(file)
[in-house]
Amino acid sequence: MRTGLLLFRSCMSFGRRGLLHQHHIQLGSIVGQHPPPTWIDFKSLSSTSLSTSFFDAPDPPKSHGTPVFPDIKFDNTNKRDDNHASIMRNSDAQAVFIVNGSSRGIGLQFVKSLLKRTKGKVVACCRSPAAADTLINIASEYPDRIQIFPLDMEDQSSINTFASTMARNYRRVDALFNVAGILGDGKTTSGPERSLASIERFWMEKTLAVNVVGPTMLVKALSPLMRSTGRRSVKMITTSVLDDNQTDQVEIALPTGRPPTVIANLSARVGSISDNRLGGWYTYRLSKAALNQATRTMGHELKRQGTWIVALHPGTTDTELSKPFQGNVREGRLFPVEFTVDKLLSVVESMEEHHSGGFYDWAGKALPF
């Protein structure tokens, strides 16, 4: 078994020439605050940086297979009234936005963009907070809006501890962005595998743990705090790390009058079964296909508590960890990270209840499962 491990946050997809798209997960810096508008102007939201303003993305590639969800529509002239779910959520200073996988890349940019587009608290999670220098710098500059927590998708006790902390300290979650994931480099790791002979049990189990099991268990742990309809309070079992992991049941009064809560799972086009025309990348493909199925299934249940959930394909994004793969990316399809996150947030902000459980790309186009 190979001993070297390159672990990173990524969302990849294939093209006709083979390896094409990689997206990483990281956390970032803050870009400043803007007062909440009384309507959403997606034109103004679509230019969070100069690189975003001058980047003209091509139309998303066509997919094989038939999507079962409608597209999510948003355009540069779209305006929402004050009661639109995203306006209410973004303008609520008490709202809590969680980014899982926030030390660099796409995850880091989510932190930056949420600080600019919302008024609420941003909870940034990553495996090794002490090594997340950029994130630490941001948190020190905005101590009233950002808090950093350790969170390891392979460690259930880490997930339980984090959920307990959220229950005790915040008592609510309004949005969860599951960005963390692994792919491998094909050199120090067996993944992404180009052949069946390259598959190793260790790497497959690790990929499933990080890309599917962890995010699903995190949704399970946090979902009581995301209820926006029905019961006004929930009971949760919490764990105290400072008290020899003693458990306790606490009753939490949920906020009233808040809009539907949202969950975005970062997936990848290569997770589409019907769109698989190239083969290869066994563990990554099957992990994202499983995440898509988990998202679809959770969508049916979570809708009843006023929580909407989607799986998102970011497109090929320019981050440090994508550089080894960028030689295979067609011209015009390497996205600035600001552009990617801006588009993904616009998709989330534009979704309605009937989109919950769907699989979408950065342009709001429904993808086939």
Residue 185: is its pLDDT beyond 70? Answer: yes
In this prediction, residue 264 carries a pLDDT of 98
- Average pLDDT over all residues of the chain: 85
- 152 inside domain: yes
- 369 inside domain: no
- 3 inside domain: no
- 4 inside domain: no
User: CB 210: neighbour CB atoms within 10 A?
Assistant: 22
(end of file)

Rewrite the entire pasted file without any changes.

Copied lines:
[in-house]
Amino acid sequence: MRTGLLLFRSCMSFGRRGLLHQHHIQLGSIVGQHPPPTWIDFKSLSSTSLSTSFFDAPDPPKSHGTPVFPDIKFDNTNKRDDNHASIMRNSDAQAVFIVNGSSRGIGLQFVKSLLKRTKGKVVACCRSPAAADTLINIASEYPDRIQIFPLDMEDQSSINTFASTMARNYRRVDALFNVAGILGDGKTTSGPERSLASIERFWMEKTLAVNVVGPTMLVKALSPLMRSTGRRSVKMITTSVLDDNQTDQVEIALPTGRPPTVIANLSARVGSISDNRLGGWYTYRLSKAALNQATRTMGHELKRQGTWIVALHPGTTDTELSKPFQGNVREGRLFPVEFTVDKLLSVVESMEEHHSGGFYDWAGKALPF
């Protein structure tokens, strides 16, 4: 078994020439605050940086297979009234936005963009907070809006501890962005595998743990705090790390009058079964296909508590960890990270209840499962 491990946050997809798209997960810096508008102007939201303003993305590639969800529509002239779910959520200073996988890349940019587009608290999670220098710098500059927590998708006790902390300290979650994931480099790791002979049990189990099991268990742990309809309070079992992991049941009064809560799972086009025309990348493909199925299934249940959930394909994004793969990316399809996150947030902000459980790309186009 190979001993070297390159672990990173990524969302990849294939093209006709083979390896094409990689997206990483990281956390970032803050870009400043803007007062909440009384309507959403997606034109103004679509230019969070100069690189975003001058980047003209091509139309998303066509997919094989038939999507079962409608597209999510948003355009540069779209305006929402004050009661639109995203306006209410973004303008609520008490709202809590969680980014899982926030030390660099796409995850880091989510932190930056949420600080600019919302008024609420941003909870940034990553495996090794002490090594997340950029994130630490941001948190020190905005101590009233950002808090950093350790969170390891392979460690259930880490997930339980984090959920307990959220229950005790915040008592609510309004949005969860599951960005963390692994792919491998094909050199120090067996993944992404180009052949069946390259598959190793260790790497497959690790990929499933990080890309599917962890995010699903995190949704399970946090979902009581995301209820926006029905019961006004929930009971949760919490764990105290400072008290020899003693458990306790606490009753939490949920906020009233808040809009539907949202969950975005970062997936990848290569997770589409019907769109698989190239083969290869066994563990990554099957992990994202499983995440898509988990998202679809959770969508049916979570809708009843006023929580909407989607799986998102970011497109090929320019981050440090994508550089080894960028030689295979067609011209015009390497996205600035600001552009990617801006588009993904616009998709989330534009979704309605009937989109919950769907699989979408950065342009709001429904993808086939």
Residue 185: is its pLDDT beyond 70? Answer: yes
In this prediction, residue 264 carries a pLDDT of 98
- Average pLDDT over all residues of the chain: 85
- 152 inside domain: yes
- 369 inside domain: no
- 3 inside domain: no
- 4 inside domain: no
User: CB 210: neighbour CB atoms within 10 A?
Assistant: 22